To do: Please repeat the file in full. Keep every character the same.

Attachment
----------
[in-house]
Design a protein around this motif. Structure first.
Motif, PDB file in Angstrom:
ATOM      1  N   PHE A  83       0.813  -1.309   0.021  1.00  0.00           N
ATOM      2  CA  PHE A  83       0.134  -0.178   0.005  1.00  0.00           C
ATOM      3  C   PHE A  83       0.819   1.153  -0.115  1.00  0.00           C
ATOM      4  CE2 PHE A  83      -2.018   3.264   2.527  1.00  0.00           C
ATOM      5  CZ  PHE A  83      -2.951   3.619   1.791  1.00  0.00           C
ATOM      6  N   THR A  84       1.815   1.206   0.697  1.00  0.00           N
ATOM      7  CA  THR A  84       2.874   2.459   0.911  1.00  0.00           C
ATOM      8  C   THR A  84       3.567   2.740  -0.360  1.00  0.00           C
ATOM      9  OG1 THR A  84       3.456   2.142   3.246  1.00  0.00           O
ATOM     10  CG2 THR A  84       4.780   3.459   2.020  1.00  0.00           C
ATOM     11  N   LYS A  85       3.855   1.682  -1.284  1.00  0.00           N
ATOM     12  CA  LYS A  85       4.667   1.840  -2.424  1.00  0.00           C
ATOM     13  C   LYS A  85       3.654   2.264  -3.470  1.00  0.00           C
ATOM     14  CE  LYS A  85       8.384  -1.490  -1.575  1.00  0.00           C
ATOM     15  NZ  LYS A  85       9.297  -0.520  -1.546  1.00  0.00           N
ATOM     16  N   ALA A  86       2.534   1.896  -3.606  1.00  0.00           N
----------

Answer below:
[in-house]
Design a protein around this motif. Structure first.
Motif, PDB file in Angstrom:
ATOM      1  N   PHE A  83       0.813  -1.309   0.021  1.00  0.00           N
ATOM      2  CA  PHE A  83       0.134  -0.178   0.005  1.00  0.00           C
ATOM      3  C   PHE A  83       0.819   1.153  -0.115  1.00  0.00           C
ATOM      4  CE2 PHE A  83      -2.018   3.264   2.527  1.00  0.00           C
ATOM      5  CZ  PHE A  83      -2.951   3.619   1.791  1.00  0.00           C
ATOM      6  N   THR A  84       1.815   1.206   0.697  1.00  0.00           N
ATOM      7  CA  THR A  84       2.874   2.459   0.911  1.00  0.00           C
ATOM      8  C   THR A  84       3.567   2.740  -0.360  1.00  0.00           C
ATOM      9  OG1 THR A  84       3.456   2.142   3.246  1.00  0.00           O
ATOM     10  CG2 THR A  84       4.780   3.459   2.020  1.00  0.00           C
ATOM     11  N   LYS A  85       3.855   1.682  -1.284  1.00  0.00           N
ATOM     12  CA  LYS A  85       4.667   1.840  -2.424  1.00  0.00           C
ATOM     13  C   LYS A  85       3.654   2.264  -3.470  1.00  0.00           C
ATOM     14  CE  LYS A  85       8.384  -1.490  -1.575  1.00  0.00           C
ATOM     15  NZ  LYS A  85       9.297  -0.520  -1.546  1.00  0.00           N
ATOM     16  N   ALA A  86       2.534   1.896  -3.606  1.00  0.00           N